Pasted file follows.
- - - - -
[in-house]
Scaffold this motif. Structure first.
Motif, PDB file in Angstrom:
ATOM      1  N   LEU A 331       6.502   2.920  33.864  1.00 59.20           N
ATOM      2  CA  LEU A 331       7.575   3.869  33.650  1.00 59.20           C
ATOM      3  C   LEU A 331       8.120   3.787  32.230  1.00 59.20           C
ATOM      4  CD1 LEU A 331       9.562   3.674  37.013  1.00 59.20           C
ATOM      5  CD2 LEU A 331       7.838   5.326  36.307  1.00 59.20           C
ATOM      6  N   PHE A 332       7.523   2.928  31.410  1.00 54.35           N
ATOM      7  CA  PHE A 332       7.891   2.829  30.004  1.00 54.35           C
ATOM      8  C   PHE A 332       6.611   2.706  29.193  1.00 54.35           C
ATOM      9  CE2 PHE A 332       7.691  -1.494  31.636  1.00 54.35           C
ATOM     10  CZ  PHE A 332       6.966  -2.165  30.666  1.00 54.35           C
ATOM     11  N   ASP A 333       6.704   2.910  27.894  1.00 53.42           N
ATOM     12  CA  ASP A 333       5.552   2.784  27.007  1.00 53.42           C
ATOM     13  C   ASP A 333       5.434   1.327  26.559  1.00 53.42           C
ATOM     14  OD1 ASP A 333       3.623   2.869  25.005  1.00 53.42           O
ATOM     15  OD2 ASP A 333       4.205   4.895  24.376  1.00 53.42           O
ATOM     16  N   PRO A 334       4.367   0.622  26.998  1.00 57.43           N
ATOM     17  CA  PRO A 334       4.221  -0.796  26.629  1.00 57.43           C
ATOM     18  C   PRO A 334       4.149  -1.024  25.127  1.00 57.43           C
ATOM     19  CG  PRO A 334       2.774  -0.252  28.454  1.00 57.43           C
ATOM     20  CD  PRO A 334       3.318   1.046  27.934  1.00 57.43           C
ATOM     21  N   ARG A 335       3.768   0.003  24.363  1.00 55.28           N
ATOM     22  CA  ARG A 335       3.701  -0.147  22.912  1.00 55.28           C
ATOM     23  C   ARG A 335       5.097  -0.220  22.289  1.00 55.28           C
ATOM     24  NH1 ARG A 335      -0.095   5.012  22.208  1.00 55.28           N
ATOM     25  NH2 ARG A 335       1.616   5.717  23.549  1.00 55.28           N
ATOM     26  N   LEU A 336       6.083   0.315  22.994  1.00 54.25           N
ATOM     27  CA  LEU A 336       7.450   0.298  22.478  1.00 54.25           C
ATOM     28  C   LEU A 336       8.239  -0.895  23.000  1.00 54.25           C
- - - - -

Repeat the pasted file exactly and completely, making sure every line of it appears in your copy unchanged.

[in-house]
Scaffold this motif. Structure first.
Motif, PDB file in Angstrom:
ATOM      1  N   LEU A 331       6.502   2.920  33.864  1.00 59.20           N
ATOM      2  CA  LEU A 331       7.575   3.869  33.650  1.00 59.20           C
ATOM      3  C   LEU A 331       8.120   3.787  32.230  1.00 59.20           C
ATOM      4  CD1 LEU A 331       9.562   3.674  37.013  1.00 59.20           C
ATOM      5  CD2 LEU A 331       7.838   5.326  36.307  1.00 59.20           C
ATOM      6  N   PHE A 332       7.523   2.928  31.410  1.00 54.35           N
ATOM      7  CA  PHE A 332       7.891   2.829  30.004  1.00 54.35           C
ATOM      8  C   PHE A 332       6.611   2.706  29.193  1.00 54.35           C
ATOM      9  CE2 PHE A 332       7.691  -1.494  31.636  1.00 54.35           C
ATOM     10  CZ  PHE A 332       6.966  -2.165  30.666  1.00 54.35           C
ATOM     11  N   ASP A 333       6.704   2.910  27.894  1.00 53.42           N
ATOM     12  CA  ASP A 333       5.552   2.784  27.007  1.00 53.42           C
ATOM     13  C   ASP A 333       5.434   1.327  26.559  1.00 53.42           C
ATOM     14  OD1 ASP A 333       3.623   2.869  25.005  1.00 53.42           O
ATOM     15  OD2 ASP A 333       4.205   4.895  24.376  1.00 53.42           O
ATOM     16  N   PRO A 334       4.367   0.622  26.998  1.00 57.43           N
ATOM     17  CA  PRO A 334       4.221  -0.796  26.629  1.00 57.43           C
ATOM     18  C   PRO A 334       4.149  -1.024  25.127  1.00 57.43           C
ATOM     19  CG  PRO A 334       2.774  -0.252  28.454  1.00 57.43           C
ATOM     20  CD  PRO A 334       3.318   1.046  27.934  1.00 57.43           C
ATOM     21  N   ARG A 335       3.768   0.003  24.363  1.00 55.28           N
ATOM     22  CA  ARG A 335       3.701  -0.147  22.912  1.00 55.28           C
ATOM     23  C   ARG A 335       5.097  -0.220  22.289  1.00 55.28           C
ATOM     24  NH1 ARG A 335      -0.095   5.012  22.208  1.00 55.28           N
ATOM     25  NH2 ARG A 335       1.616   5.717  23.549  1.00 55.28           N
ATOM     26  N   LEU A 336       6.083   0.315  22.994  1.00 54.25           N
ATOM     27  CA  LEU A 336       7.450   0.298  22.478  1.00 54.25           C
ATOM     28  C   LEU A 336       8.239  -0.895  23.000  1.00 54.25           C